06 The Las Vegas Farm Radio Show with Farmer Sharon Linsenbardt: THE FARM Needs A Volunteer Coordinator
It’s just another Saturday morning at THE FARM.
As usual Sharon Linsenbardt is multitasking and constantly on the go, moving from one issue needing her attention to another.
One moment she’s feeding animals while answering a question about honey from a parent, other adults come close to listen, and then this impromptu classroom moves with her like a gaggle of reporters covering a news event.
Then in mid conversation, Farmer Sharon sees what no one else does, a bird with some physical problem. In a blur her left arm extends to the ground, her hand grabs the bird by the leg, and in a flash, a nanosecond, she’s now cuddling and petting this large white bird and explaining to an astonished wide eyed group of kids what just happened, why she did what she did, and then brings them near so they can see its damaged beak. She explains this beautiful little guy just needs some special love and attention, a place of its own for awhile to get better, but will soon be back roaming the farm with his other friends.
With over 400 animals on THE FARM there is never a moment of rest. As we’ve heard Sharon say before, “Someone always needs me.”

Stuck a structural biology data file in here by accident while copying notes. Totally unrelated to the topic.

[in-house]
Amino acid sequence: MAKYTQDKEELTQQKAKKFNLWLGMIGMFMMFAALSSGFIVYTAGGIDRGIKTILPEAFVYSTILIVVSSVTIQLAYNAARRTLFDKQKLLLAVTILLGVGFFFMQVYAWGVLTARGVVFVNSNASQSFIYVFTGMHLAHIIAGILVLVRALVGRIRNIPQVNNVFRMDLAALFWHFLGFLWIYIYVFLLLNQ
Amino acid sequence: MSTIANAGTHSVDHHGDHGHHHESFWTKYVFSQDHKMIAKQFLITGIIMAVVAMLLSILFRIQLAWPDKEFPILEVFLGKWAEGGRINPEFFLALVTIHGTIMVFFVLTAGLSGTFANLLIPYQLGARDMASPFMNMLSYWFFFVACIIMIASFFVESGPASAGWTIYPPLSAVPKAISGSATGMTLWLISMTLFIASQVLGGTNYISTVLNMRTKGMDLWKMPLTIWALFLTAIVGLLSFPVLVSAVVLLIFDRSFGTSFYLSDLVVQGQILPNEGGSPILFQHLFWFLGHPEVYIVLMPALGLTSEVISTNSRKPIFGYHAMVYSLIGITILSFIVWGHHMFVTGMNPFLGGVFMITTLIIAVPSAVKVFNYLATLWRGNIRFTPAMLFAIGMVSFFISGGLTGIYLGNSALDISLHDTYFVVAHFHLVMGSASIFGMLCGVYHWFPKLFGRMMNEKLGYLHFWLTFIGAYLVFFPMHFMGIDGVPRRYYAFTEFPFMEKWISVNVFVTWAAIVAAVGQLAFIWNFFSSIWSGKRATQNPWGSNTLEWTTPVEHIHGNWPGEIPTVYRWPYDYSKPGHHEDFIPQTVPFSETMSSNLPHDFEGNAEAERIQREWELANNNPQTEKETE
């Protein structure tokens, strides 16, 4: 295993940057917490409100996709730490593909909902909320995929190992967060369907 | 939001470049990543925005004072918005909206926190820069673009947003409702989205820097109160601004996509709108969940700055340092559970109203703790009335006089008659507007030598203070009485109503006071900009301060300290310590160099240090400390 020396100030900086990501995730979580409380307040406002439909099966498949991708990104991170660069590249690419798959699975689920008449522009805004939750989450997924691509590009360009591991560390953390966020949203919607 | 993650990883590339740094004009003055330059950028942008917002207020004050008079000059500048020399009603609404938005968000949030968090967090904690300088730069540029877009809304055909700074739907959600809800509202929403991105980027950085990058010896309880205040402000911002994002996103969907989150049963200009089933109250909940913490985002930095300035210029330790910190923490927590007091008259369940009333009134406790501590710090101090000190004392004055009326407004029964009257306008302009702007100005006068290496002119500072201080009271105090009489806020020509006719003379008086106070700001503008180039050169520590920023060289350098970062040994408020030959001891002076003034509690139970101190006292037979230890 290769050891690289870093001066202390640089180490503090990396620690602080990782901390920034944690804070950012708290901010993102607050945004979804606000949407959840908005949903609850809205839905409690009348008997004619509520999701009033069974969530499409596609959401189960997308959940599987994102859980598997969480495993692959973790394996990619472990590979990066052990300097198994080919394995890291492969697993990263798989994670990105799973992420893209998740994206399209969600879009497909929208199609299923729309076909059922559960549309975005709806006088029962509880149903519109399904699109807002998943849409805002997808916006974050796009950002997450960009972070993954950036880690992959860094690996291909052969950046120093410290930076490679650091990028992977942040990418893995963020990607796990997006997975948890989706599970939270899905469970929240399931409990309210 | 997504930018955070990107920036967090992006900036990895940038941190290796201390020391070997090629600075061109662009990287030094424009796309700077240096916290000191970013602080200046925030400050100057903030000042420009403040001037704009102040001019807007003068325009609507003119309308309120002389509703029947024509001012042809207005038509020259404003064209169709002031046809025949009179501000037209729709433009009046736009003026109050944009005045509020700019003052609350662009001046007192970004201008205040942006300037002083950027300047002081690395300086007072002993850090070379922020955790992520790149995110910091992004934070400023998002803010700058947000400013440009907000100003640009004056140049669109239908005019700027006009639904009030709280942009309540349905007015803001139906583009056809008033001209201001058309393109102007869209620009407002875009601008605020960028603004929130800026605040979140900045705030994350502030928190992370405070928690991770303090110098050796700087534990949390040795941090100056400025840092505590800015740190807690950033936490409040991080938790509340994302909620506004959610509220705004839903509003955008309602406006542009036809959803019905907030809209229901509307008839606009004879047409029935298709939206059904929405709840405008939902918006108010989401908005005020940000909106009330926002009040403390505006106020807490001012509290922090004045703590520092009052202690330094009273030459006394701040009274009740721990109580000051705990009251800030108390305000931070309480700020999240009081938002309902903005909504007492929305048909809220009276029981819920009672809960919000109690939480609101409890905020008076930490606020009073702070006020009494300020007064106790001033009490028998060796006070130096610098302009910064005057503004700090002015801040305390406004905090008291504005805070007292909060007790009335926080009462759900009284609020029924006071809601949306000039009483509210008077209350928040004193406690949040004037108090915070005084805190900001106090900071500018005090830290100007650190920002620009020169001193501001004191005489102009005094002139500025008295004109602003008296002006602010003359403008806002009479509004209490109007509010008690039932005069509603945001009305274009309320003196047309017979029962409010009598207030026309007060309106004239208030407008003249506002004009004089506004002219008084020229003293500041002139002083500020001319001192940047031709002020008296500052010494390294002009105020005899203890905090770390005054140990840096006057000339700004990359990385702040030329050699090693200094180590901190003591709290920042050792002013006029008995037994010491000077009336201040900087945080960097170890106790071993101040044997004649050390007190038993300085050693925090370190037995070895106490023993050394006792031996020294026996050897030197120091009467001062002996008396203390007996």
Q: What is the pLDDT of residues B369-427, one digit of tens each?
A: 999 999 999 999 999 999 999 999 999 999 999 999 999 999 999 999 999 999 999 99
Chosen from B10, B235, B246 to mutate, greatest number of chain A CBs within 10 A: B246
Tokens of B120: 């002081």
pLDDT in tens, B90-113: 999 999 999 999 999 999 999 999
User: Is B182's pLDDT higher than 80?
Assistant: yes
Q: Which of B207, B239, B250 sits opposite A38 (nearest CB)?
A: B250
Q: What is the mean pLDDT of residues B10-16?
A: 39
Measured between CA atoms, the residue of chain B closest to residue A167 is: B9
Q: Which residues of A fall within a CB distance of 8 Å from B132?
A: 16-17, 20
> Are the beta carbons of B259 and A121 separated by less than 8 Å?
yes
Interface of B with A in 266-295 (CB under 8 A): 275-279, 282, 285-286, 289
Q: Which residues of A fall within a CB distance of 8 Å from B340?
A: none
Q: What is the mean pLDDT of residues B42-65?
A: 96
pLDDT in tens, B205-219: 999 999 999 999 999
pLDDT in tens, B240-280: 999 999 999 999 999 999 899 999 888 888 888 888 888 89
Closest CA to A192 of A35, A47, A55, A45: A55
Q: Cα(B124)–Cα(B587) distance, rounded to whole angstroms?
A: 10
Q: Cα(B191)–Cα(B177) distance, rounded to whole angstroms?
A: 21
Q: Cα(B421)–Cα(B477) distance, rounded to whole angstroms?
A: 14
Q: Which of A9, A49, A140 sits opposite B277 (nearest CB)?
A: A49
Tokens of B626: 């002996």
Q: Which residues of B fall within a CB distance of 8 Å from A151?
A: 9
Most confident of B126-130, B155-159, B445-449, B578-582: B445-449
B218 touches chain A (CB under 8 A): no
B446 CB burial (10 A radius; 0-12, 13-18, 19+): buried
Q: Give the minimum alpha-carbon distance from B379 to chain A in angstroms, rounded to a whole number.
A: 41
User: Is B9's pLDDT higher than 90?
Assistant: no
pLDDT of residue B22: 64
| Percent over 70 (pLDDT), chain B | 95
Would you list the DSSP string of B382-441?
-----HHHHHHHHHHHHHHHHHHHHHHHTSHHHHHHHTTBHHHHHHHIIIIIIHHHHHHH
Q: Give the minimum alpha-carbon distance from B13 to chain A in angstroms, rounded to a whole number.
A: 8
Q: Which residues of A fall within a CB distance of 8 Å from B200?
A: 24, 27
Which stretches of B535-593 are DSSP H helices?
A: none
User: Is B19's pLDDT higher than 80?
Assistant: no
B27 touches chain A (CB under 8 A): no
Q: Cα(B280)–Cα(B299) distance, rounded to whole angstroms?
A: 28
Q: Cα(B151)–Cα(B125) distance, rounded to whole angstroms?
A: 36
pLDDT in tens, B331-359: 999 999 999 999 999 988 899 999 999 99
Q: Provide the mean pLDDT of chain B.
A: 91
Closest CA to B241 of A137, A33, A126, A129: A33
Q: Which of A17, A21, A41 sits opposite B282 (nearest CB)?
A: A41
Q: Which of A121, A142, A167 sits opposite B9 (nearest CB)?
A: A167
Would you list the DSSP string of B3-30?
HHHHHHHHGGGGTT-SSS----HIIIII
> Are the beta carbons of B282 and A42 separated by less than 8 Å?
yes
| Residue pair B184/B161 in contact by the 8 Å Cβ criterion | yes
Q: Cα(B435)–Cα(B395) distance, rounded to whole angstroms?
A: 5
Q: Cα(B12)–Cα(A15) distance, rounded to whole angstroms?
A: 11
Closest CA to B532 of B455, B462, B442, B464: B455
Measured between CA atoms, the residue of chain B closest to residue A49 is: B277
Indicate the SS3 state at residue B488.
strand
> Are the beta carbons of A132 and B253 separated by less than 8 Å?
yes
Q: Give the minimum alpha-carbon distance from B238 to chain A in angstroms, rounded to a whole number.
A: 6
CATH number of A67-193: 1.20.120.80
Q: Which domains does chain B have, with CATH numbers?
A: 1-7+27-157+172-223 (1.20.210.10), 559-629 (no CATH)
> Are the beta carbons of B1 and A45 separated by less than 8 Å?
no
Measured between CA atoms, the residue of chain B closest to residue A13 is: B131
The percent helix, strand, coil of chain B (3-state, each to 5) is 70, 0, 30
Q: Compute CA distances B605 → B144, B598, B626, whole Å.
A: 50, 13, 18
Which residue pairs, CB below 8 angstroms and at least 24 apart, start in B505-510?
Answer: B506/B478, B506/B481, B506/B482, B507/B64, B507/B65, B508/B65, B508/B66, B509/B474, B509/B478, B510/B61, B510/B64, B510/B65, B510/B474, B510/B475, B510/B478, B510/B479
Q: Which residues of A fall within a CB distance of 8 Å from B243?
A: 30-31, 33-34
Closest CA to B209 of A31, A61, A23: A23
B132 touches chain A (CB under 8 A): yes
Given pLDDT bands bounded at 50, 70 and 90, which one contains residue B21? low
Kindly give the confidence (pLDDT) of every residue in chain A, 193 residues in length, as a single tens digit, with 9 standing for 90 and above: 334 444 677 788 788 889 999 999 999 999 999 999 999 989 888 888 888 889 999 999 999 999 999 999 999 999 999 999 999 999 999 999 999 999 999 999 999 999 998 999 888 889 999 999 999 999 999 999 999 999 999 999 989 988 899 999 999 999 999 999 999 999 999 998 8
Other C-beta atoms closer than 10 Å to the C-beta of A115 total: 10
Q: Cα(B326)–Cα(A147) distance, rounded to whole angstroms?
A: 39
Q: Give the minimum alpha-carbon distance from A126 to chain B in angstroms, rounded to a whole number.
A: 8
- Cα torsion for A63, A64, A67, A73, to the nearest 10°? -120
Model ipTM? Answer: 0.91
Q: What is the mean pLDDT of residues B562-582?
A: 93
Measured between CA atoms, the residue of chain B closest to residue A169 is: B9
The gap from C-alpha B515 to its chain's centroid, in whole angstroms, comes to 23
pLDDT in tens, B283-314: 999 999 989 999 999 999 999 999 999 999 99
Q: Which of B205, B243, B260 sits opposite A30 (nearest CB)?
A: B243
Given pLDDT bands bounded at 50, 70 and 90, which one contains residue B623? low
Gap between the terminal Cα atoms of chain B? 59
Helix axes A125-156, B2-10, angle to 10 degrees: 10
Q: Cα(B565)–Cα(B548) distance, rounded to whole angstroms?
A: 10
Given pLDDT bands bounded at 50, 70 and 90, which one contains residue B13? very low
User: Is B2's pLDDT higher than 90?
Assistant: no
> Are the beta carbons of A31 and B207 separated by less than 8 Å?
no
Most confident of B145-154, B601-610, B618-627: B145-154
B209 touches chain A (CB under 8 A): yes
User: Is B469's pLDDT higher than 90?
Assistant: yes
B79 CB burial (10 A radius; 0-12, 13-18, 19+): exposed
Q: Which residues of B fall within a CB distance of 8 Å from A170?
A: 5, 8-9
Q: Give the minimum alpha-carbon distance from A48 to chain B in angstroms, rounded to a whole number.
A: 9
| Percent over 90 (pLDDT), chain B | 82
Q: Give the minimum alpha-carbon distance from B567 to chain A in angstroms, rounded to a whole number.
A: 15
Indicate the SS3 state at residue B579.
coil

There are many wonderful young energetic volunteers at THE FARM and it’s wonderful to engage with them and hear their passion for these animals and for Farmer Sharon.
But Sharon needs a special volunteer to help her manage the complexities of running THE FARM.
In this radio segment broadcast on Saturday, March 3, 2012, Sharon explains the need for a volunteer to help coordinate and manage THE FARM’s volunteer program.
Perhaps you, or someone you know is that person.
Rather than explain it in print, just listen in to this segment and listen to Farmer Sharon outline the need and the kind of person that she needs to help keep THE FARM going.
In the next radio segment that follows, segment 07, Sharon updates us on her progress of obtaining required Clark County use permits and variances to allow the farm to expand and utilize its full five acres.